It’s difficult to read either of Winn’s books without wondering about Moth’s condition; the good news is that the pair continue to put one foot in front of another. This spring, they will walk the length of the UK – from the top of Scotland back to their new home.
For now, once she’s spent the morning writing, Winn will join Moth in his work on the farm, gently restoring the soil to goodness, ushering in the wildlife. Otherworldly piles of sticks are dotted around the orchard – a rarely seen, centuries-old technique for drying out wood he’s brought back. They’ve become such sites of ecological interest that academics from nearby universities have been studying them.
It’s an existence, Winn says, that is similar to that on their farm in Wales, before any of this journey began: “After the madness of The Salt Path to suddenly go back into this way of living is something very soothing, very calm and very real, as well.”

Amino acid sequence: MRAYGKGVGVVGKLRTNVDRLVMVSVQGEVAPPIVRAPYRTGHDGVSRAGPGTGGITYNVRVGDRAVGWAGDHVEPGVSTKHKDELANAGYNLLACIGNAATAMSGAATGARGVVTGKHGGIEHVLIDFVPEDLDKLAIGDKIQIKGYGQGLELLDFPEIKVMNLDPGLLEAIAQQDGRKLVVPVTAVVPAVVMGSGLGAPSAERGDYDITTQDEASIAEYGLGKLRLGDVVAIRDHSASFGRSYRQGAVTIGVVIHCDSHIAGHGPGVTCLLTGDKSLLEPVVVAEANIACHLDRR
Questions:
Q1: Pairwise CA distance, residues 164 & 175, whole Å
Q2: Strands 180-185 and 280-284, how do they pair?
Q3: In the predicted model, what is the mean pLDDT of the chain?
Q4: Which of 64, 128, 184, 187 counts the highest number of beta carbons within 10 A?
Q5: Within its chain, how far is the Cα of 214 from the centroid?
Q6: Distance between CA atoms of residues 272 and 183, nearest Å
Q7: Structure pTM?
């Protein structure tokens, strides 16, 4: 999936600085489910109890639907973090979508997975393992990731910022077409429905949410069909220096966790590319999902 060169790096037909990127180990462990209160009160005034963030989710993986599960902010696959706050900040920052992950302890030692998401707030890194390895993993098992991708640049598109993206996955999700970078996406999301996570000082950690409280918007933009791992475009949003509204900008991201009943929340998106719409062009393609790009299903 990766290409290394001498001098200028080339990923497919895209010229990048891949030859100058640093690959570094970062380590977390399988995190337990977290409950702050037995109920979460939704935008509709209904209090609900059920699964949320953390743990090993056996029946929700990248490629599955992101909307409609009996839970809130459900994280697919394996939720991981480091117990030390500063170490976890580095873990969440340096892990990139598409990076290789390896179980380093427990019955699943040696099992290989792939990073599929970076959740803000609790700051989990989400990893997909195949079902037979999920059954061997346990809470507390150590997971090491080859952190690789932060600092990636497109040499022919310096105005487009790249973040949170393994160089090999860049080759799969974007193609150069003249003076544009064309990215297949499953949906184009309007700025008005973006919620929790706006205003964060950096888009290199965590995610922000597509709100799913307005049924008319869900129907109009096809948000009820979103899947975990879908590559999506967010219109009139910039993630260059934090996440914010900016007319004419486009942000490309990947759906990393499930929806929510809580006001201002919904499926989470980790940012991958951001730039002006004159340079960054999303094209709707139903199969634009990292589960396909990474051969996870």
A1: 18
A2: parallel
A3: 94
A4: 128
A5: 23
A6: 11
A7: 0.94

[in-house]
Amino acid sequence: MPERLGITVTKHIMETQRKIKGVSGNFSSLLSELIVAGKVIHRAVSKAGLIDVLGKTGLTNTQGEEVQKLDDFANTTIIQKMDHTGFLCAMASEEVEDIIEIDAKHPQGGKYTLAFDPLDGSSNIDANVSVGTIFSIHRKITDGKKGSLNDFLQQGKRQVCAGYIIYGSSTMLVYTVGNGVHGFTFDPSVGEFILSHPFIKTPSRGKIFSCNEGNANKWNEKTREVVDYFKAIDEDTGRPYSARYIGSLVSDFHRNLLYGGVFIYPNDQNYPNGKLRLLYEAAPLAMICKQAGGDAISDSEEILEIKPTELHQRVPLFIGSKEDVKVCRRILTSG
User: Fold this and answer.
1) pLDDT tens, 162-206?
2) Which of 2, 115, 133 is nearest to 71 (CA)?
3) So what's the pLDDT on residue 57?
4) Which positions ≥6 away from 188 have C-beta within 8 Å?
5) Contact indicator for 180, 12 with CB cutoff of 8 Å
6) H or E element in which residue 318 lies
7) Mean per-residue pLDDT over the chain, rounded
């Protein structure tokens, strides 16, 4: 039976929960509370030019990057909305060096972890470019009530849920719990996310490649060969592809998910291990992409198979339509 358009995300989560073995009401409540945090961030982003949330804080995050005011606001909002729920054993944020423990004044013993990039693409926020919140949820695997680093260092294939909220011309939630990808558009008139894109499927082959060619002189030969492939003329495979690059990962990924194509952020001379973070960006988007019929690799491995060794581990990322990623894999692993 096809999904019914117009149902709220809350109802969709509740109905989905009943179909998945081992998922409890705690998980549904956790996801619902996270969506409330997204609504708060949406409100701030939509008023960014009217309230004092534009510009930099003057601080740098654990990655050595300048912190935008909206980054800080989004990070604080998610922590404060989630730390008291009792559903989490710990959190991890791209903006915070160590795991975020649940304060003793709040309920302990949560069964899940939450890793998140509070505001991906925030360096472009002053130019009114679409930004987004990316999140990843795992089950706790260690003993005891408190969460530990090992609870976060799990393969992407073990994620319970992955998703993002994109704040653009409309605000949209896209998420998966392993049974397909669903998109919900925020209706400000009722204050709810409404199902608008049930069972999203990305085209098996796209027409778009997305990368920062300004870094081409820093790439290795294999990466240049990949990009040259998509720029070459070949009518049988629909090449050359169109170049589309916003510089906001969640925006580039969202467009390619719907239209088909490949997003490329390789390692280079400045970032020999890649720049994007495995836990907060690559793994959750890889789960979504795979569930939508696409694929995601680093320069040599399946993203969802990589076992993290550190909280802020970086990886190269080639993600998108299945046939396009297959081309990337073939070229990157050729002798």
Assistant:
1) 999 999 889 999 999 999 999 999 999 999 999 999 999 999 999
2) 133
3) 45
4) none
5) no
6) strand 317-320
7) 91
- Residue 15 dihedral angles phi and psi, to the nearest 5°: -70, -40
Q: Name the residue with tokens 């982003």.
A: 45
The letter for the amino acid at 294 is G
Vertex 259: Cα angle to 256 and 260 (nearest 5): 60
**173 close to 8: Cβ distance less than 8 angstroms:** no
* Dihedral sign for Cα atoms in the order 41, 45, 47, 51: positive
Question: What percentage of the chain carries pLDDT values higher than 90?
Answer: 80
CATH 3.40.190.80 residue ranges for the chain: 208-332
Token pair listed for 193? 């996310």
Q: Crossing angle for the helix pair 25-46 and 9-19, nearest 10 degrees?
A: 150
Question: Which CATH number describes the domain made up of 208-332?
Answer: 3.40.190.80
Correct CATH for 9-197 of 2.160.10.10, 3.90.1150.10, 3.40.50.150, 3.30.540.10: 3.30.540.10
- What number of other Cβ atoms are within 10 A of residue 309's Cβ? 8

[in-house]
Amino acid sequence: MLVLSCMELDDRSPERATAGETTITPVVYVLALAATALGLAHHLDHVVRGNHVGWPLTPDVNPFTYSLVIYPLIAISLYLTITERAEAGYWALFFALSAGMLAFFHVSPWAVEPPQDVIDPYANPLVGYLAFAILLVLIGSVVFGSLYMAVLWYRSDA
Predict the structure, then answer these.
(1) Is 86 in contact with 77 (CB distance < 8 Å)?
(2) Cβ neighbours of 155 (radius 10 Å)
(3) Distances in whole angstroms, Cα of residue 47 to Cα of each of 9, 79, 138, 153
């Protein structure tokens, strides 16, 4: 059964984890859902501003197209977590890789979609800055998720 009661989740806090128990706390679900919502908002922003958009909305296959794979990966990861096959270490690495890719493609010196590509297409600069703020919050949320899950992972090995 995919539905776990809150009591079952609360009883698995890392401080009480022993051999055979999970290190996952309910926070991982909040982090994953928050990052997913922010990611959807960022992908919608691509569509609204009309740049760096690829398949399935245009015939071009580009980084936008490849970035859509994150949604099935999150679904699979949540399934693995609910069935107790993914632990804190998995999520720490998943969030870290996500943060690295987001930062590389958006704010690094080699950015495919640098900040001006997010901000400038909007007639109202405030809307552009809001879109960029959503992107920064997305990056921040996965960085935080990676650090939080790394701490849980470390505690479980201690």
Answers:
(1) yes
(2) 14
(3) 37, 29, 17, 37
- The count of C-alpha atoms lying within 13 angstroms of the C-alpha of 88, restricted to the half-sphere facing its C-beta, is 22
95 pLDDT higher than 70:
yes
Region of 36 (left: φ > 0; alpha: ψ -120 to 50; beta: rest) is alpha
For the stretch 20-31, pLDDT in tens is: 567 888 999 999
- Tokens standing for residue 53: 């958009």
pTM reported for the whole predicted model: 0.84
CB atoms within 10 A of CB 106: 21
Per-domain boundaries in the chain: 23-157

I ask if it feels like home, and she pauses. “I think it possibly does, yeah.” She laughs quietly. “I don't quite feel the same about home now, I don't really associate it so much with house and walls as I did before.” Winn turns her head, looks over the apple trees, across to where the creek lines the valley. “I think it's more to do with what makes you feel like you. And I think you can take that with you no matter where you are.”
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Image: Stuart Simpson / Penguin